Archive for February 2008
About a year and a half ago, Mr. Cruz received an unexpected call from David Deutsch, an artist who runs a nonprofit foundation that sponsors arts programs in Hudson, N.Y. Mr. Deutsch was worried about the effects of gentrification on the town’s poorest residents, many of whom live in decaying neighborhoods just out of view of the transplanted New Yorkers and weekend antique shoppers ambling down its main strip.
Together Mr. Cruz and Mr. Deutsch set in motion an unconventional redevelopment plan aimed at reintegrating the poor and the dispossessed into Hudson’s everyday life. (The plan, which is being supported by the city’s mayor, Richard Scalera, is scheduled to go before the city council in the next few weeks.)
Looks really lovely, this. Let’s hope it makes it through the city council….
“The Future of Terror” and “Terror of the Future” are abecedarian poems, which is to say that they follow a particular scheme through the alphabet. There’s a longer explanation for their arrangement — which Harvey unnecessarily provides — but the formal strictures themselves are infinitely less interesting than what’s been done within those strictures. (One suspects that the reason Harvey likes to talk about the safe subject of form so much is that she’s a bit unsettled by her own project.)
Just wondering…. If “form” is a “safe subject,” which again are the dangerous ones?
(For the record, I read Modern Life this week – a single sitting – and thought is one of the better things I’ve read in awhile. Too tired to tell you exactly why just this minute, but, you know, it was good…)
Bushwick is big (it’s like saying “the Village”). It’s also notoriously
bad. Bushwick suffered the worst of the rioting that struck New York in
the summer of 1977. The area is home to a mostly poor Hispanic and
African-American population, though there are pockets of
gentrification. My corner of the neighborhood, a loft district that the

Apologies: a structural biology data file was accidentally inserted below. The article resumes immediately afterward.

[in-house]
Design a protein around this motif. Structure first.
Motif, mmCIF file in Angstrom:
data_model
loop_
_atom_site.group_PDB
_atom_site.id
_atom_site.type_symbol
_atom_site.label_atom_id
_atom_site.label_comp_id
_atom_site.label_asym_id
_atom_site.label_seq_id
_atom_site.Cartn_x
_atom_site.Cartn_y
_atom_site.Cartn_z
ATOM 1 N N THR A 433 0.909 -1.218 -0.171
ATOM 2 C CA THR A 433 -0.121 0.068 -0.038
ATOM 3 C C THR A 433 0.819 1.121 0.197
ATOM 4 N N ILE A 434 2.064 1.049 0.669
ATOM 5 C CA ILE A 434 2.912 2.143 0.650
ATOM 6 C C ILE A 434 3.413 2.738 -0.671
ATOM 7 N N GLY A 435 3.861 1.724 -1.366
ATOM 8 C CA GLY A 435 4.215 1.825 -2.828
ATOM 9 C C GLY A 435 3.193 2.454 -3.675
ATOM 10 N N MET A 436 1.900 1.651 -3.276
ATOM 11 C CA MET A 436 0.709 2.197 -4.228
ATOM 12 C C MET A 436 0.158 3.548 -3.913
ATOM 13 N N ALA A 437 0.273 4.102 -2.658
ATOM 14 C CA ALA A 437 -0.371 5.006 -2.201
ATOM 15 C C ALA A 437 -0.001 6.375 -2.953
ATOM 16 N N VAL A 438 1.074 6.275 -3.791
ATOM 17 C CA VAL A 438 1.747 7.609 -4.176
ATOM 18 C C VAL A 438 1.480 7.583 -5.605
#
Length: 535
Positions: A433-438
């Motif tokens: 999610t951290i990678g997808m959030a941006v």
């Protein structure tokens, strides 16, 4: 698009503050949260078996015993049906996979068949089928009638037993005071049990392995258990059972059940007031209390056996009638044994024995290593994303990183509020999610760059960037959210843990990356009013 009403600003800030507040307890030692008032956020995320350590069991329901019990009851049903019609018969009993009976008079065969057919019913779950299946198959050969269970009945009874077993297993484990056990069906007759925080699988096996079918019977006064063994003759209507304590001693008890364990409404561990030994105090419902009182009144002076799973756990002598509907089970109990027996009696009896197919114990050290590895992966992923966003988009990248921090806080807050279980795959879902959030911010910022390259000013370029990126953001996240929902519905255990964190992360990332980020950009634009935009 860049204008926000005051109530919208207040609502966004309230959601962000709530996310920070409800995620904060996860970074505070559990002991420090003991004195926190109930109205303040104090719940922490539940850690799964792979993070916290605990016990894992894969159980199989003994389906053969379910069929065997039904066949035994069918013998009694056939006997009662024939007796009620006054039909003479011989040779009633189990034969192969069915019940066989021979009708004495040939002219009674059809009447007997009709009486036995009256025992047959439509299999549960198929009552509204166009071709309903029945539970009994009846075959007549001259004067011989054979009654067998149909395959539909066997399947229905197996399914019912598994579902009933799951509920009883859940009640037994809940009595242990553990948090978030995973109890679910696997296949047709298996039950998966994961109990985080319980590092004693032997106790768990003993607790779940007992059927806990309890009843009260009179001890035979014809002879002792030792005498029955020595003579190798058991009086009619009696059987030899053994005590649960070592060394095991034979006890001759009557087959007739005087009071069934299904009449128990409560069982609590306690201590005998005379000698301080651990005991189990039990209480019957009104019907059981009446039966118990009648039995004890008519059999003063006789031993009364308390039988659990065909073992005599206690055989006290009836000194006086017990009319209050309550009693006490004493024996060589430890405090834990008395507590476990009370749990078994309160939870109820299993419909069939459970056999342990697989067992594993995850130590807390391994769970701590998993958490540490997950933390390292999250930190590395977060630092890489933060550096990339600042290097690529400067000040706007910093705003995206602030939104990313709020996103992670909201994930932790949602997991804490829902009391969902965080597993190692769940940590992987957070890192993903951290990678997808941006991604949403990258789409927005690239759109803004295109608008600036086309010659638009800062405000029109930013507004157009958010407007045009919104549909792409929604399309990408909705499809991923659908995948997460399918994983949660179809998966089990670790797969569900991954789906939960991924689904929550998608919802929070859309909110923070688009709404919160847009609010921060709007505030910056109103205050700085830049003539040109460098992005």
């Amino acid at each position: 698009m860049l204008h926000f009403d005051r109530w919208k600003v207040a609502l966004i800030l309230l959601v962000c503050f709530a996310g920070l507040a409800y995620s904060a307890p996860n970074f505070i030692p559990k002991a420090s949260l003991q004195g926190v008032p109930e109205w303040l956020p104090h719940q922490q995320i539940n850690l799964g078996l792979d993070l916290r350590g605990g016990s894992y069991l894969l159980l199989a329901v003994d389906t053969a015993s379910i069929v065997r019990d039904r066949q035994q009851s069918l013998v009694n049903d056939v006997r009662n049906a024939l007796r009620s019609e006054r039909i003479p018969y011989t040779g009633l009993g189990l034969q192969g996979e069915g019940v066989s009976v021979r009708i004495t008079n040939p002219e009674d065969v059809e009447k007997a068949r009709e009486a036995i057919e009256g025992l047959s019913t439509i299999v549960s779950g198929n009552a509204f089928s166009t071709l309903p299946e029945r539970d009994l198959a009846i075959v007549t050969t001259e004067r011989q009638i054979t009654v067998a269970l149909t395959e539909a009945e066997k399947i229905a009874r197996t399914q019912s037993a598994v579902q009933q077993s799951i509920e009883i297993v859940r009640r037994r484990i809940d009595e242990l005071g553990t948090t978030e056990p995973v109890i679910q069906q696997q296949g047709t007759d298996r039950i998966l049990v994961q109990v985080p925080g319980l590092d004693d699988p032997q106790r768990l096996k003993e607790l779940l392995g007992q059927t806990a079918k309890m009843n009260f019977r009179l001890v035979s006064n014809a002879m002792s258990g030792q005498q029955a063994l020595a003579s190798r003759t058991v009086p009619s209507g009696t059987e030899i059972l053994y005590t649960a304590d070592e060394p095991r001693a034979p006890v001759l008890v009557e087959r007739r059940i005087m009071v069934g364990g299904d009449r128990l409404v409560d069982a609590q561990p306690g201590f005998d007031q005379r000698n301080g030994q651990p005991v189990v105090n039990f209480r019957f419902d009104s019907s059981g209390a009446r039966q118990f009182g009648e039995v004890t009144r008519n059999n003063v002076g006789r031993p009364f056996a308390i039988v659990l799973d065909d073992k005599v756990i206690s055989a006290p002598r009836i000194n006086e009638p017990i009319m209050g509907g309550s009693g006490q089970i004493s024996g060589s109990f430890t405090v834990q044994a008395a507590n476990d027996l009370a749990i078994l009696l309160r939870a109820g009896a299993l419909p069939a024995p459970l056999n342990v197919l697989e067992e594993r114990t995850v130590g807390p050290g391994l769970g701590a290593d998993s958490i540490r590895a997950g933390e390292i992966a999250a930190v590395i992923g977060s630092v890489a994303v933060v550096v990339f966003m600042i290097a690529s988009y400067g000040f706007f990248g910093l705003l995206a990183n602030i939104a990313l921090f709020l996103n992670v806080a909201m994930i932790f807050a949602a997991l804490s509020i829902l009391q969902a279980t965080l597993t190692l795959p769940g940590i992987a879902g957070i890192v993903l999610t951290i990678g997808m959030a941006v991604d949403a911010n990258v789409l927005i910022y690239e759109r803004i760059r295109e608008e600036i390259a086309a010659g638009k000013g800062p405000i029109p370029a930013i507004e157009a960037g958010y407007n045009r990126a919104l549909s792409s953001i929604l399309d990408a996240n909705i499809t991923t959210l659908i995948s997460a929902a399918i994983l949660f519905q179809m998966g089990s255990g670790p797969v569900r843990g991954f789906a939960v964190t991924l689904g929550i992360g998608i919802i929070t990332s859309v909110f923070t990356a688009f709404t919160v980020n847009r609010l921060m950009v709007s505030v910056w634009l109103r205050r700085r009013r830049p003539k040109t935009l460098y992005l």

city is trying to re-brand as the “East Williamsburg Industrial Park,”
mostly warehouses kids just out of art school. It’s a bleak,
rubble-strewn landscape pocked by cement factories and hemmed in by
towering projects. When I moved to the neighborhood, some of my friends
were spooked by the blight, but I only saw the beauty. This is what
Soho in the early seventies or Tribeca in the early eighties must have
felt like, I thought. When I came to New York almost twenty years ago,
those places had been overrun. But when I got to Bushwick, I knew I had
finally found the New York I was searching for—a scrappy loft
neighborhood full of young bohemians camping in their studios. This was
the pre-gentrified New York I wanted to be a part of.
The real drama of the attack was its aftermath. Within 24 hours of my release from the hospital, I made it back to San Francisco, where I grew up; within 48 hours, I decided to quit my job and move back there; and by the end of the week, it was done: I had given notice to my landlord, quit my job, and asked my girlfriend to move in with me. It all made perfect sense to me, a row of falling dominoes. The only thing I couldn’t understand was why everyone kept acting like I had post-traumatic stress disorder. “Only a flesh wound!” I joked. Now I understand, because in retrospect, I realize that maybe I do have a touch of PTSD. I’m not quite the same person I was. Blight, graffiti, empty buildings—the signifiers of every artsy New York neighborhood for the last 40 years—have lost the romantic appeal they once held. I carry a knife now, a small utility blade that I picked up at the hardware store. And when friends of mine get nostalgic for the bad old days, when lofts were cheap and New York was edgy, I tell them that it’s all still there, if you know where to look.
Morality tales from the gentrifying fringe, ah. Boy goes in search of reality, and reality bites him on the ass. I mean, we shouldn’t laugh, but he’s the one who put the damn thing in the magazine, copped to something obvious and ridiculous at once.
She’s right, it’s terrific. And it’s of the same sort as the Sky Movies one below, harnessing adbustery rage in service of brand renewal and the like. But even better is the sense that it’s also some sort of self-expression on the corp.’s part of frustration at its own ineptness – 2005, when the Gap began to die after a good run.
Except more of these to come as things slow to a halt. Citigroup analysts being run over by their own Hummers, Walmart visualizing the clusterbombing its own Chinese sweatshops, etc etc, United Healthcare wishing prostate cancer on their own headset-wearing guardians of the meds, all in 30 second spots.